For a bright show of color in spring few plants can beat these California natives – with the electric blues of Ceanothus or California lilac; or the bright orange of the state’s flower: Eschscholzia californica or California poppy.
There are so many varieties of Ceanothus, differing in forms from ground covers to trees.
Some are electric blue flowers others are medium blue. One white flowering Ceanothus is featured in this post – Ceanothus ‘Snow Flurry.’
1. Heuchera maxima – Island Alum Root – Long bloomer from spring to summer! forming a dense mound 14″ h x 30″ w. Flower spikes (pink and cream) rise high above the foliage, growing up to 20″ tall. (This is the giant amoung Heucheras.) This perennial is drought tolerant, though looks better with some summer water. According to Nevin Smith of Suncrest Nurseries in Watsonville, California: “It’s one of the best native perennials for dry shade.” It’s also deer resistant and a nice plant to grow beneath oak trees. Hardy: 10 – 15 degrees F. Exposure: Sun to bright shade. Uses: containers, under oaks and dry shade. Oh, and Hummingbirds love the flowers!
2. Ceanothus ‘Joyce Coulter’ – Joyce Coulter Ceanothus (Rhamnaceae) Size: 3 – 6′ H x up to 15′ w. Despite the fact that most Ceanothus do best and might live longer in lean, well drained soil, this one, Joyce Coulter Ceanothus, is pretty tolerant of heavy soils -it can even appreciate summer water in hot areas. Best uses in the garden: Let it cover a large space, either flat ground or a slope. Flowers – Large medium-blue flower clusters (doesn’t cover the entire shrub at once, but it’s still stunning) in bloom for several weeks in spring. Hardy: 10 – 15 degrees F.
3. Tellima grandiflora – Fringe Cups – A native perennial with flower stalks with many small, urn-shaped flowers with tiny fringed petals opening green and aging to pink.
The stalks and flowers rise above mounds of soft foliage – 18″ to 2′ ft high. Tolerates dry shade and is deer resistant. Seeds freely in a nice way!
Fringe flower is a clump-forming, spreading perennial native to moist woods and slopes from Alaska to Idaho and central California. In the garden, best to grow this plant in somewhat moisture retentive, humusy soils .Exposure: Part shade.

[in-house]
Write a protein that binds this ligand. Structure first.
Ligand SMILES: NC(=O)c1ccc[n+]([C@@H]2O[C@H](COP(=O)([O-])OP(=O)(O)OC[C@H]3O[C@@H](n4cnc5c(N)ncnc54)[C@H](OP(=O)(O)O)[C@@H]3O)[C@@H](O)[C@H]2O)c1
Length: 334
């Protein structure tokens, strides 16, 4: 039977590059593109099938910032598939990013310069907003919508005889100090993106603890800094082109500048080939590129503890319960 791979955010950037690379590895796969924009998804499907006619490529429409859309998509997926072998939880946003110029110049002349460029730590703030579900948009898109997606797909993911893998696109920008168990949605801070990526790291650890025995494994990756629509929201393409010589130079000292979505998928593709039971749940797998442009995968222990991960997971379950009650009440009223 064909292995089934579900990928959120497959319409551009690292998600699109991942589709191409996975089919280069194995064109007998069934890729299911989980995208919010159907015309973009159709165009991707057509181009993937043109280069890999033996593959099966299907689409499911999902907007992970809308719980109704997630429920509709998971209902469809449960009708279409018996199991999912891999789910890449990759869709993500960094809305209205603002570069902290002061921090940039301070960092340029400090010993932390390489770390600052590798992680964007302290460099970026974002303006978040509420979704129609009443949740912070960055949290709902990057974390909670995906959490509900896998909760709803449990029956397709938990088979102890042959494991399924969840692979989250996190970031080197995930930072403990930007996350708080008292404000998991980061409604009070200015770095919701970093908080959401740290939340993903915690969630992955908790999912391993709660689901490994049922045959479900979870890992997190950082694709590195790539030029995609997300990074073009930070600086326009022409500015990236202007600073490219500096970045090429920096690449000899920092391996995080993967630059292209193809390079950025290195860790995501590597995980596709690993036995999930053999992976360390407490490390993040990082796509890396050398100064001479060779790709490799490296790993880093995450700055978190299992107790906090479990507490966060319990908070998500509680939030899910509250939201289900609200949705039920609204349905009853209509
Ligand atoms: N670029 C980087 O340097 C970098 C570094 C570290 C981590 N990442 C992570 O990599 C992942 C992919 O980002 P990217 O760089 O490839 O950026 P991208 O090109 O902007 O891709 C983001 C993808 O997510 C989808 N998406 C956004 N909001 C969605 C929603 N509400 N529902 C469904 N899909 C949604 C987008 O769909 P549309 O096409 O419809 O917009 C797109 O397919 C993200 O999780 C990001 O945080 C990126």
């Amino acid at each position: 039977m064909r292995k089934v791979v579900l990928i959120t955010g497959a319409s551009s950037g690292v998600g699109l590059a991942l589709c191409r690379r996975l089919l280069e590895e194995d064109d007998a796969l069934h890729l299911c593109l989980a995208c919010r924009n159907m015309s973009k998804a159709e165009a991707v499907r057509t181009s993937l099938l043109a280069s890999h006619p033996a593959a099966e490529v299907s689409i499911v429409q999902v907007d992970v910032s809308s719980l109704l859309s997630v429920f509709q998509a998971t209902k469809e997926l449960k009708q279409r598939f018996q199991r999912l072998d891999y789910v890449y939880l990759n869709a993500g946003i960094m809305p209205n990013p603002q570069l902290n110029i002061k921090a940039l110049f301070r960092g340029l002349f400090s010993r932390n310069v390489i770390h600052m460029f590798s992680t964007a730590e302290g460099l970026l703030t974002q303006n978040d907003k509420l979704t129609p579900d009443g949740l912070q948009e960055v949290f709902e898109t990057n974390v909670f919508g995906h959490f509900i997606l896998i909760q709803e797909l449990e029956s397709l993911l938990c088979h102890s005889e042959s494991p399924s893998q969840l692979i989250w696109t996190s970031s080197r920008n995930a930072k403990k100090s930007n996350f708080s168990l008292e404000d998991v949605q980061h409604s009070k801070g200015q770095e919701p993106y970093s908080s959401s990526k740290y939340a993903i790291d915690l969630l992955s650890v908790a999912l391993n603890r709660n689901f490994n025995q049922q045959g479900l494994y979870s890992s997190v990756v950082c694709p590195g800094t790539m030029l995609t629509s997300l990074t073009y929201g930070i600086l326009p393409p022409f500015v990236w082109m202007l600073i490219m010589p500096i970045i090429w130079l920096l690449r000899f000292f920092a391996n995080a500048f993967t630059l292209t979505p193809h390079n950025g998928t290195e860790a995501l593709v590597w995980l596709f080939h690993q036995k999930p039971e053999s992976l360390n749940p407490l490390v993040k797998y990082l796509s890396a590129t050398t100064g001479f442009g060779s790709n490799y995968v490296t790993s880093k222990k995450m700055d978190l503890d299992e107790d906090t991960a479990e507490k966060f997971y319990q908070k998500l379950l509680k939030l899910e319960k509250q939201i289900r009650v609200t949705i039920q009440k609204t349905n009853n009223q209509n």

4. Ceanothus thyrsiflorus ‘Snow Flurry’ – Snow Flurry Ceanothus – Size: 8′-10′ h x 8′ -10′ w. Large glossy green leaves provide a nice backdrop for the white flower show in spring. I wouldn’t recommend this plant as a clipped hedge as it suffers quite a bit from die back. Better to use this plant located in the right place and enjoy its’ natural beauty. In other words, light pruning only. Exposure: Full Sun. Also, this plant does well in coastal areas, if planted inland provide shelter and a little supplemental water. Uses: Small tree, tall screen. Hardy: 10 – 15 degrees F.
5. Salvia sonomensis – Sonoma Sage – This herbaceous perennial with aromatic foliage, spreads by stolons and makes an excellent bank cover. Size: 3″H x 2′ W. Sonoma Sage is a slow grower with a low spreading habit. It tolerates drought and poor soil; and is a great plant choice for a low maintenance ground cover, border plant or even wall cascade and bulb cover. Flower color ranges from violet to blue – and are borne on 2 -3 inch spikes. Water: Does well with no irrigation once established, and low irrigation. Exposure: sun is best, tolerates part shade. Plant color: gray to gray-green.
6. Ribes sanguineum glutinosum – Pink Flowering Current. Doing well in part and full shade, this round headed deciduous shrub with aromatic foliage and edible fruit has pink flowers, blooming in February and March; sometimes intermittently in April.
Water: Does best with high to moderate amounts, but once established is more drought tolerant.
Pruning: Blooms on old wood, so prune after spring flowers. Size: 5’H x 5’W. Uses: specimen, filler, bank cover, group planting, background planting and edible fruit. Fruit: Bluish black or black berry – 1/4 to 3/8 inch across.